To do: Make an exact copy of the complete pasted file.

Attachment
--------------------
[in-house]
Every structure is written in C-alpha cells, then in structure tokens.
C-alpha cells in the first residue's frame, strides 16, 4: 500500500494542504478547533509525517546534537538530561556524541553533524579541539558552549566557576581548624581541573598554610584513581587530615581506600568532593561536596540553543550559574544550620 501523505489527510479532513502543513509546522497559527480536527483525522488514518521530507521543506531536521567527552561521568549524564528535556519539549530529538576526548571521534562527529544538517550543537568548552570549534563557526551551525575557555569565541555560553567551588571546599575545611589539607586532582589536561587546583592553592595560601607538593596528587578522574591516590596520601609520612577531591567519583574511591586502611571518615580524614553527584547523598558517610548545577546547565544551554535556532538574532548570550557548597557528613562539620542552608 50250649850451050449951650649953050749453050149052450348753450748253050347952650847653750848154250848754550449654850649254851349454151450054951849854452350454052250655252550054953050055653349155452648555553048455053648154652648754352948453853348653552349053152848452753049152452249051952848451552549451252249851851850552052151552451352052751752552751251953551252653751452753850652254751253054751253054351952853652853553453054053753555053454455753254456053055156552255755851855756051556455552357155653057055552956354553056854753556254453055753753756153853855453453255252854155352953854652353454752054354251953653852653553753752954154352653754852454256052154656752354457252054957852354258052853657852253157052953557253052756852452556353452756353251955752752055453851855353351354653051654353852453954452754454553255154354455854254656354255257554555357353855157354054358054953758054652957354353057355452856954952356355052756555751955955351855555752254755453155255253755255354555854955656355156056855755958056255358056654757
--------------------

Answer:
[in-house]
Every structure is written in C-alpha cells, then in structure tokens.
C-alpha cells in the first residue's frame, strides 16, 4: 500500500494542504478547533509525517546534537538530561556524541553533524579541539558552549566557576581548624581541573598554610584513581587530615581506600568532593561536596540553543550559574544550620 501523505489527510479532513502543513509546522497559527480536527483525522488514518521530507521543506531536521567527552561521568549524564528535556519539549530529538576526548571521534562527529544538517550543537568548552570549534563557526551551525575557555569565541555560553567551588571546599575545611589539607586532582589536561587546583592553592595560601607538593596528587578522574591516590596520601609520612577531591567519583574511591586502611571518615580524614553527584547523598558517610548545577546547565544551554535556532538574532548570550557548597557528613562539620542552608 50250649850451050449951650649953050749453050149052450348753450748253050347952650847653750848154250848754550449654850649254851349454151450054951849854452350454052250655252550054953050055653349155452648555553048455053648154652648754352948453853348653552349053152848452753049152452249051952848451552549451252249851851850552052151552451352052751752552751251953551252653751452753850652254751253054751253054351952853652853553453054053753555053454455753254456053055156552255755851855756051556455552357155653057055552956354553056854753556254453055753753756153853855453453255252854155352953854652353454752054354251953653852653553753752954154352653754852454256052154656752354457252054957852354258052853657852253157052953557253052756852452556353452756353251955752752055453851855353351354653051654353852453954452754454553255154354455854254656354255257554555357353855157354054358054953758054652957354353057355452856954952356355052756555751955955351855555752254755453155255253755255354555854955656355156056855755958056255358056654757